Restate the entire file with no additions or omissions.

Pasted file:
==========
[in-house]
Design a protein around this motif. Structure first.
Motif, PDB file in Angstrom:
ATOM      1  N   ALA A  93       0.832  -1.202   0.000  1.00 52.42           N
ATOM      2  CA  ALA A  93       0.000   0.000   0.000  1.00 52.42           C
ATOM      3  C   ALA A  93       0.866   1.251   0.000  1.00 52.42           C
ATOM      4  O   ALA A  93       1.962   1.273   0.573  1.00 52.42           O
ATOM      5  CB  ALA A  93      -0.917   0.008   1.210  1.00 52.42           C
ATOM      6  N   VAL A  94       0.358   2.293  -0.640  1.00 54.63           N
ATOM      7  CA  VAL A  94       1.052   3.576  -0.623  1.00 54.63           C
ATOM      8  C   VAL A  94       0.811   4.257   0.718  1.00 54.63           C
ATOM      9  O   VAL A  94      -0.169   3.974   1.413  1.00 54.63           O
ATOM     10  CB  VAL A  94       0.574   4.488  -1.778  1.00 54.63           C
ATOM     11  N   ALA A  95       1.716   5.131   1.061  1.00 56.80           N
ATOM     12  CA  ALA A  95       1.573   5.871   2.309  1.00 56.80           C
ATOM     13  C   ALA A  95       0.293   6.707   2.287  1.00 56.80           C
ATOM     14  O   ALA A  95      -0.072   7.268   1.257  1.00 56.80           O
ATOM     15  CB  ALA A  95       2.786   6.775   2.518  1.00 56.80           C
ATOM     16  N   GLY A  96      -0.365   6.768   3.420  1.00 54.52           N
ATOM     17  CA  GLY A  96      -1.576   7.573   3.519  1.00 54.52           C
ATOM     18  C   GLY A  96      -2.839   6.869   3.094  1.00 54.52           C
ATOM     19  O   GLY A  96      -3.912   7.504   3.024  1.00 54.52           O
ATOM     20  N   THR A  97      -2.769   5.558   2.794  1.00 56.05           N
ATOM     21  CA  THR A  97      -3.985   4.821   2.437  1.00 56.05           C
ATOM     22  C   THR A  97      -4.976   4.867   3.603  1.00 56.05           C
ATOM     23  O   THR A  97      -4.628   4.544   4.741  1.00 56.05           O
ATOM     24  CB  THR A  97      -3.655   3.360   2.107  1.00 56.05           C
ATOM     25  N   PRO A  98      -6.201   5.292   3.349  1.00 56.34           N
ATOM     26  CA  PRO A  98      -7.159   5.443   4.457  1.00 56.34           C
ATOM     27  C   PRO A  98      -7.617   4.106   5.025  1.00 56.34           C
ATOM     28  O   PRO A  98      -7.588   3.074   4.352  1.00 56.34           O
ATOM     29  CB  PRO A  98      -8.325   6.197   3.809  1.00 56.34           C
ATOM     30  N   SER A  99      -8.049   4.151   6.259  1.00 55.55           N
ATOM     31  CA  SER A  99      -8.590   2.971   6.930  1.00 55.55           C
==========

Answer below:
[in-house]
Design a protein around this motif. Structure first.
Motif, PDB file in Angstrom:
ATOM      1  N   ALA A  93       0.832  -1.202   0.000  1.00 52.42           N
ATOM      2  CA  ALA A  93       0.000   0.000   0.000  1.00 52.42           C
ATOM      3  C   ALA A  93       0.866   1.251   0.000  1.00 52.42           C
ATOM      4  O   ALA A  93       1.962   1.273   0.573  1.00 52.42           O
ATOM      5  CB  ALA A  93      -0.917   0.008   1.210  1.00 52.42           C
ATOM      6  N   VAL A  94       0.358   2.293  -0.640  1.00 54.63           N
ATOM      7  CA  VAL A  94       1.052   3.576  -0.623  1.00 54.63           C
ATOM      8  C   VAL A  94       0.811   4.257   0.718  1.00 54.63           C
ATOM      9  O   VAL A  94      -0.169   3.974   1.413  1.00 54.63           O
ATOM     10  CB  VAL A  94       0.574   4.488  -1.778  1.00 54.63           C
ATOM     11  N   ALA A  95       1.716   5.131   1.061  1.00 56.80           N
ATOM     12  CA  ALA A  95       1.573   5.871   2.309  1.00 56.80           C
ATOM     13  C   ALA A  95       0.293   6.707   2.287  1.00 56.80           C
ATOM     14  O   ALA A  95      -0.072   7.268   1.257  1.00 56.80           O
ATOM     15  CB  ALA A  95       2.786   6.775   2.518  1.00 56.80           C
ATOM     16  N   GLY A  96      -0.365   6.768   3.420  1.00 54.52           N
ATOM     17  CA  GLY A  96      -1.576   7.573   3.519  1.00 54.52           C
ATOM     18  C   GLY A  96      -2.839   6.869   3.094  1.00 54.52           C
ATOM     19  O   GLY A  96      -3.912   7.504   3.024  1.00 54.52           O
ATOM     20  N   THR A  97      -2.769   5.558   2.794  1.00 56.05           N
ATOM     21  CA  THR A  97      -3.985   4.821   2.437  1.00 56.05           C
ATOM     22  C   THR A  97      -4.976   4.867   3.603  1.00 56.05           C
ATOM     23  O   THR A  97      -4.628   4.544   4.741  1.00 56.05           O
ATOM     24  CB  THR A  97      -3.655   3.360   2.107  1.00 56.05           C
ATOM     25  N   PRO A  98      -6.201   5.292   3.349  1.00 56.34           N
ATOM     26  CA  PRO A  98      -7.159   5.443   4.457  1.00 56.34           C
ATOM     27  C   PRO A  98      -7.617   4.106   5.025  1.00 56.34           C
ATOM     28  O   PRO A  98      -7.588   3.074   4.352  1.00 56.34           O
ATOM     29  CB  PRO A  98      -8.325   6.197   3.809  1.00 56.34           C
ATOM     30  N   SER A  99      -8.049   4.151   6.259  1.00 55.55           N
ATOM     31  CA  SER A  99      -8.590   2.971   6.930  1.00 55.55           C